Then the tetrazo solution is run in slowly on verifying the absence of this compound in the formation.

After the coupling, the product is heated at 95 C. for 1 hour, filtered and the solid washed. The paste is taken up with 2000 parts of water with brisk stirring, 102.2 parts of the product of Example A are added. The pH is adjusted to 5 with acetic acid and stirring is effected for 30 minutes. The medium is made alkaline at pH 12 with a sufficient amount of soda and it is heated for 1 hour at 85 C. The solid is filtered off, washed and dried at 60 C. About 282 parts are obtained of a pigmentary composition which, when incorporated by grinding with a binder for helio ink for packings based on nitrocellulose, gives an ink of intensity similar to that obtained with an untreated product.

The calculation hereafter, which may also be applied to Examples 1 to 4 and 6 of the present application, enables the gain in colouring power obtained due to the invention to be calculated.

In the present Example 5, the 282 parts of pigmentary composition obtained contain 282 - 102.2 = 179.8 parts of pure pigment, and enable an ink to be obtained of the same weight and or intensity similar to that obtained with taking 282 parts of pure pigment. In other words and on reducing the proportions to 100 parts of pure pigment, 64 parts of pigment in the pigmentary composition have the same intensity (colouring power) as 100 parts of free pure pigment.

EXAMPLE 6

As in Example 5 a paste is prepared containing the pigment 3,3'-dichlorobenzidine→2'5'-dimethoxy-4'-chloro-acetylacetanilide. The paste is taken up in 2000 parts of water with brisk stirring. 85.9 parts of the product of Example A in alcoholic solution are added. The pH is adjusted to 5 with acetic acid and stirring is continued for 30 minutes.

16.1 parts of phthalic anhydride are added in the form of a solution of 10% sodium phthalate; the pH is adjusted to 7.0-7.5 with soda and it is heated for 1 hour at 85 C. It is filtered and the solid washed and dried at 60 C.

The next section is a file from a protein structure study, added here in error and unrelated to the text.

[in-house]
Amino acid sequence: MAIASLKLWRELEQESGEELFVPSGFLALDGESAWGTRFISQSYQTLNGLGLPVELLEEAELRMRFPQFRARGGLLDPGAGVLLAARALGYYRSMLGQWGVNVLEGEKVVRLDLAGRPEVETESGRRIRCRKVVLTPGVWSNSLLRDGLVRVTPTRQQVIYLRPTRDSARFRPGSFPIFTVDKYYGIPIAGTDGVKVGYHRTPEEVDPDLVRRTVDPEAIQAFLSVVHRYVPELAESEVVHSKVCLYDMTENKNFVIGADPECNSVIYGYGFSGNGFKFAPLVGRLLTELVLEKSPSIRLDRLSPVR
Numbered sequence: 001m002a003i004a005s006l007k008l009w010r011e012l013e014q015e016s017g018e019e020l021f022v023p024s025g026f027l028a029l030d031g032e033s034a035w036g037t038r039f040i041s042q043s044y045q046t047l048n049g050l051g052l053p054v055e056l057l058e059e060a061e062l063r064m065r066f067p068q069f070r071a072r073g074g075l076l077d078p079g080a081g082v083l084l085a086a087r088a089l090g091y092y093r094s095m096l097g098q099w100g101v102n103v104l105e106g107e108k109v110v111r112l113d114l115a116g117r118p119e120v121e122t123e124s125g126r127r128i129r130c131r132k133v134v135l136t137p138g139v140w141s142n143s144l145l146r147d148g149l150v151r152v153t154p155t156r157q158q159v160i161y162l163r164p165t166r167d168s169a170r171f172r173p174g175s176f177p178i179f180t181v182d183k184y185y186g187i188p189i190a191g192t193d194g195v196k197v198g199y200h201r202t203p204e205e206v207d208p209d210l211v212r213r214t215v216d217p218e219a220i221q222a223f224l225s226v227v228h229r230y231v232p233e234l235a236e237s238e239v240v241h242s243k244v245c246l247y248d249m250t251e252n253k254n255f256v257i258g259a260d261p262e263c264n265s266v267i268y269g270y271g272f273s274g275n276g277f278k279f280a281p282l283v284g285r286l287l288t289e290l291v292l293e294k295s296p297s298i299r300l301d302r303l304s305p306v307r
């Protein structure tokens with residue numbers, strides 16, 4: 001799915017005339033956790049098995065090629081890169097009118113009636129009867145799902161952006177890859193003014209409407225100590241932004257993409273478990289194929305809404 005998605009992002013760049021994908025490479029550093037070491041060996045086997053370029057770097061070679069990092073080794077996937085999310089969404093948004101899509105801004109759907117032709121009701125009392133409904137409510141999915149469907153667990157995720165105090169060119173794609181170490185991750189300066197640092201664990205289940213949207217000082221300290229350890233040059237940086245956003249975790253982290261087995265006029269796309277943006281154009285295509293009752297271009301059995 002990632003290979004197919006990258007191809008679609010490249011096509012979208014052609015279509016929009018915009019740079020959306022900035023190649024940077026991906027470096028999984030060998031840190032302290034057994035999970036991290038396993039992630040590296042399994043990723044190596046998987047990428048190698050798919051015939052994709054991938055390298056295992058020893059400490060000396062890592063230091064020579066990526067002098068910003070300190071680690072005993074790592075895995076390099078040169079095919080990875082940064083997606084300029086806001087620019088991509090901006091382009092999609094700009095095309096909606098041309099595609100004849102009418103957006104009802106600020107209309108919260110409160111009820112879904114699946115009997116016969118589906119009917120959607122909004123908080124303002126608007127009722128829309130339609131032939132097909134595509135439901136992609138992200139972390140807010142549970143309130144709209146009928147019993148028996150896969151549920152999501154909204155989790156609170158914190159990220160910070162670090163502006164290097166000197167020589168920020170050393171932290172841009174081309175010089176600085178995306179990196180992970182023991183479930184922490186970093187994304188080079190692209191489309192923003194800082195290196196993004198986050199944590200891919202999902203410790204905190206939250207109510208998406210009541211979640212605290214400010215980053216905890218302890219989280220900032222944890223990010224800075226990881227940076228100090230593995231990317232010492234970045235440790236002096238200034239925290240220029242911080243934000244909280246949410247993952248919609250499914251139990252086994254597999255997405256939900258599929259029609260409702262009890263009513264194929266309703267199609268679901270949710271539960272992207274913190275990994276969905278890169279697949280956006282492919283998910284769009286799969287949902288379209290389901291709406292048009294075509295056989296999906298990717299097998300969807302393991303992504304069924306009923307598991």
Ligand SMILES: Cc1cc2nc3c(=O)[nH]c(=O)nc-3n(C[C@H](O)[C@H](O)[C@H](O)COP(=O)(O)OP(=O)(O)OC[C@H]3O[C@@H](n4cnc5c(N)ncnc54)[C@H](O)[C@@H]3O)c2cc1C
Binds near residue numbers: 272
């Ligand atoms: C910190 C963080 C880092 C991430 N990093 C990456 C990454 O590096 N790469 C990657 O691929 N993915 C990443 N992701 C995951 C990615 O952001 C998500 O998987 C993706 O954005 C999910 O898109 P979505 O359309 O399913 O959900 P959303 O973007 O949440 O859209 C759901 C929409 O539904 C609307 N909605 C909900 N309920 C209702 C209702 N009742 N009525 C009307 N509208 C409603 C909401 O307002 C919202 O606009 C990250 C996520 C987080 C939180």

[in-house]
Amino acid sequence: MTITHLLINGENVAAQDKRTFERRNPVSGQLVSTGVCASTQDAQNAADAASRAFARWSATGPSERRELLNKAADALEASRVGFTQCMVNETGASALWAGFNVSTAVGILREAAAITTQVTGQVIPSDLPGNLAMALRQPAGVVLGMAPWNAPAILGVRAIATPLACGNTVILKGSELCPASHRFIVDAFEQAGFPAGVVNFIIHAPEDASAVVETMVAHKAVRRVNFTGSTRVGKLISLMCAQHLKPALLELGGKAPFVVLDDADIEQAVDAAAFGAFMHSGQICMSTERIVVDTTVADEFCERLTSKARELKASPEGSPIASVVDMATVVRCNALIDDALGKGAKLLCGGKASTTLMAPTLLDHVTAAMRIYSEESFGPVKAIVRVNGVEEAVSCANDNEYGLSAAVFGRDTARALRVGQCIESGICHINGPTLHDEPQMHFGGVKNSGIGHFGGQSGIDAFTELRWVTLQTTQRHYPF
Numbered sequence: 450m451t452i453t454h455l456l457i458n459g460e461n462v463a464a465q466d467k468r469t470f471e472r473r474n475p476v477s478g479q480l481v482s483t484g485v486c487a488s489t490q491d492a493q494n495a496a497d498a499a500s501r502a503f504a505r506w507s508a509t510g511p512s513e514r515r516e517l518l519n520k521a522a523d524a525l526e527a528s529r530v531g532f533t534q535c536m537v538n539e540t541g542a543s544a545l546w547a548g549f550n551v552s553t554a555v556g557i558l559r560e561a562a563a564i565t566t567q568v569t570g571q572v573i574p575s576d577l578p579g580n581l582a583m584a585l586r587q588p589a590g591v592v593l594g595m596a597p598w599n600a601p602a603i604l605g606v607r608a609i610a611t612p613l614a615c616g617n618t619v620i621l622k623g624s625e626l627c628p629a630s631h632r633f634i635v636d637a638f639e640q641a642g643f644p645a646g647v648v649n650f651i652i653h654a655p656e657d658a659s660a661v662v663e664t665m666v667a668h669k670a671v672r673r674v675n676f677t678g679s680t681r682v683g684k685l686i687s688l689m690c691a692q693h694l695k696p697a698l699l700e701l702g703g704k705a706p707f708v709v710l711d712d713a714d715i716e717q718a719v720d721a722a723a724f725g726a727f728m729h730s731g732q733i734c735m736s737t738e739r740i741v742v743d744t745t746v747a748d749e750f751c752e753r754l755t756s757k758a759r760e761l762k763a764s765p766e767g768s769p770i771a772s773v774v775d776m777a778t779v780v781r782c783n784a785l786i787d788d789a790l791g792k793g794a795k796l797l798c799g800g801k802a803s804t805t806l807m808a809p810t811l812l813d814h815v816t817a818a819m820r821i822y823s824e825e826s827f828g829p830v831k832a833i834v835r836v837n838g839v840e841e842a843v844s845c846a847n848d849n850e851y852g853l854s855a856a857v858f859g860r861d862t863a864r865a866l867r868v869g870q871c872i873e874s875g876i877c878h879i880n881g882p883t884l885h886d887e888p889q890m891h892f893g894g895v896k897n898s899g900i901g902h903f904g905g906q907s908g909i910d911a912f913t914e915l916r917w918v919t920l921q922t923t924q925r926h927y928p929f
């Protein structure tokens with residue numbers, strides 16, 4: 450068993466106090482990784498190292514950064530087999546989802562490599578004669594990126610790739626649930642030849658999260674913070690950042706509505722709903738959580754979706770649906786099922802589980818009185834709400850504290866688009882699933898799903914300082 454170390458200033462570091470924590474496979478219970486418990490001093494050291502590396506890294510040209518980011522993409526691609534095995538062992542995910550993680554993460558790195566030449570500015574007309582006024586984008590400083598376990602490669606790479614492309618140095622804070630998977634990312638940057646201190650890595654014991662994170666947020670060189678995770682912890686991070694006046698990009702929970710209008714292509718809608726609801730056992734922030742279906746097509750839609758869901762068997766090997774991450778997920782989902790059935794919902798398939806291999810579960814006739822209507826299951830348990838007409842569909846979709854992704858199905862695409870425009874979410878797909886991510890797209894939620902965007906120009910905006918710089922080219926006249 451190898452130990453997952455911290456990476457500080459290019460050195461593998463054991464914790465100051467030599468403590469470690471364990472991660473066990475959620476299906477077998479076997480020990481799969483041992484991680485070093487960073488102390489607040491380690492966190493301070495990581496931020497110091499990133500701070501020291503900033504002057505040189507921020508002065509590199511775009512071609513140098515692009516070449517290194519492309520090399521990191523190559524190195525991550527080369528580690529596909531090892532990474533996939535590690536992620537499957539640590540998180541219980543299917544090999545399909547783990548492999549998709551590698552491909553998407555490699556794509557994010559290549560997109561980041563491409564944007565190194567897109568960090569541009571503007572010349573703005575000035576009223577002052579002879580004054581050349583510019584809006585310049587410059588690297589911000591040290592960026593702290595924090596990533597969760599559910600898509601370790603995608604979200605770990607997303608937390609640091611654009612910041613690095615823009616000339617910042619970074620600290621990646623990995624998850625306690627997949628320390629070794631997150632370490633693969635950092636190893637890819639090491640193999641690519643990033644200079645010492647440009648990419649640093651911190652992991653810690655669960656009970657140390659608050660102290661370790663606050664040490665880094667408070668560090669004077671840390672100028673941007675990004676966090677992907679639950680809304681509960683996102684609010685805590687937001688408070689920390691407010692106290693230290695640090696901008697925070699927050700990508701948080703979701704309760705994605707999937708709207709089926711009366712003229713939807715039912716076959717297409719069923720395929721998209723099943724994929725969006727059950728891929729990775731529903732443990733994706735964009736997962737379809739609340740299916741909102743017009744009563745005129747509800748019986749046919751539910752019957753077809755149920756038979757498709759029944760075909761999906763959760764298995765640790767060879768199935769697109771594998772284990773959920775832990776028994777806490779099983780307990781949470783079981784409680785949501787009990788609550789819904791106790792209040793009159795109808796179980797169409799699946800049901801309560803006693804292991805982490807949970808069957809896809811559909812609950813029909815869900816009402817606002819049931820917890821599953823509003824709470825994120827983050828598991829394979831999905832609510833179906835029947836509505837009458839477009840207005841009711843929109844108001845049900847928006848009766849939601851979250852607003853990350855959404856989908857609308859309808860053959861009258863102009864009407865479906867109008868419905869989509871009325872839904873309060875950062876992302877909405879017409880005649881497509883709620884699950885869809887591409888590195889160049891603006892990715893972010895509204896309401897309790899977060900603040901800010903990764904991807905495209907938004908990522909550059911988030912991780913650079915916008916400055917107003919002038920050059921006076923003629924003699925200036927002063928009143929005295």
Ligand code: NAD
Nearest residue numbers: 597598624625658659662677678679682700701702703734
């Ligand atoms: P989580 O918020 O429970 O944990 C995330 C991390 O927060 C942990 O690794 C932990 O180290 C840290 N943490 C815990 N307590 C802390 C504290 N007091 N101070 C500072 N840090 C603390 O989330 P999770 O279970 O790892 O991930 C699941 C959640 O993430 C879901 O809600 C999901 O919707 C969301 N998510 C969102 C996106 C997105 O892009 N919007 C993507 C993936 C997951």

About 285 parts of a pigmentary composition of properties similar to that of Example 5 are obtained.

Patent Citations
Cited PatentFiling datePublication dateApplicantTitle
US3628976 *Oct 28, 1968Dec 21, 1971Ciba Geigy AgProcess of making perylene pigments
US3635745 *Jul 25, 1969Jan 18, 1972Hoechst AgProcess for converting dyestuffs of the aryl-pararosaniline sulfonic acid series into valuable pigments having a high tinctorial strength
US3653936 *Apr 8, 1969Apr 4, 1972Bayer AgPigment preparations
US3841889 *Jan 9, 1973Oct 15, 1974Basf AgProcess for the production of easily laked azo pigments
Referenced by
Citing PatentFiling datePublication dateApplicantTitle
US4793863 *Oct 23, 1987Dec 27, 1988Sun Chemical CorporationHigh strength pigments for printing inks
US6007612 *Dec 10, 1997Dec 28, 1999Ciba Specialty Chemicals CorporationPigment compositions
US7449059Aug 1, 2007Nov 11, 2008Sun Chemical CorporationConditioning method for indanthrone pigments
Classifications
U.S. Classification106/496, 106/500
International ClassificationC07D311/30, C09B67/08, C07H17/07, C09D11/02, C09B67/20
Cooperative ClassificationC09D11/037, C07D311/30, C09B67/0004, C07H17/07, C09B67/006
European ClassificationC09D11/037, C09B67/00N, C07D311/30, C07H17/07, C09B67/00B4
Legal Events
DateCodeEventDescription
May 1, 1984ASAssignment
Owner name: I.C.I. FRANCOLOR S.A. 8 AVENUE REAUMUR BOITE POSTA
Free format text: ASSIGNMENT OF ASSIGNORS INTEREST.;ASSIGNOR:PRODUITS CHIMIQUES UGINE KUHLMANN A COMPANY OF FRANCE;REEL/FRAME:004253/0985
Effective date: 19831221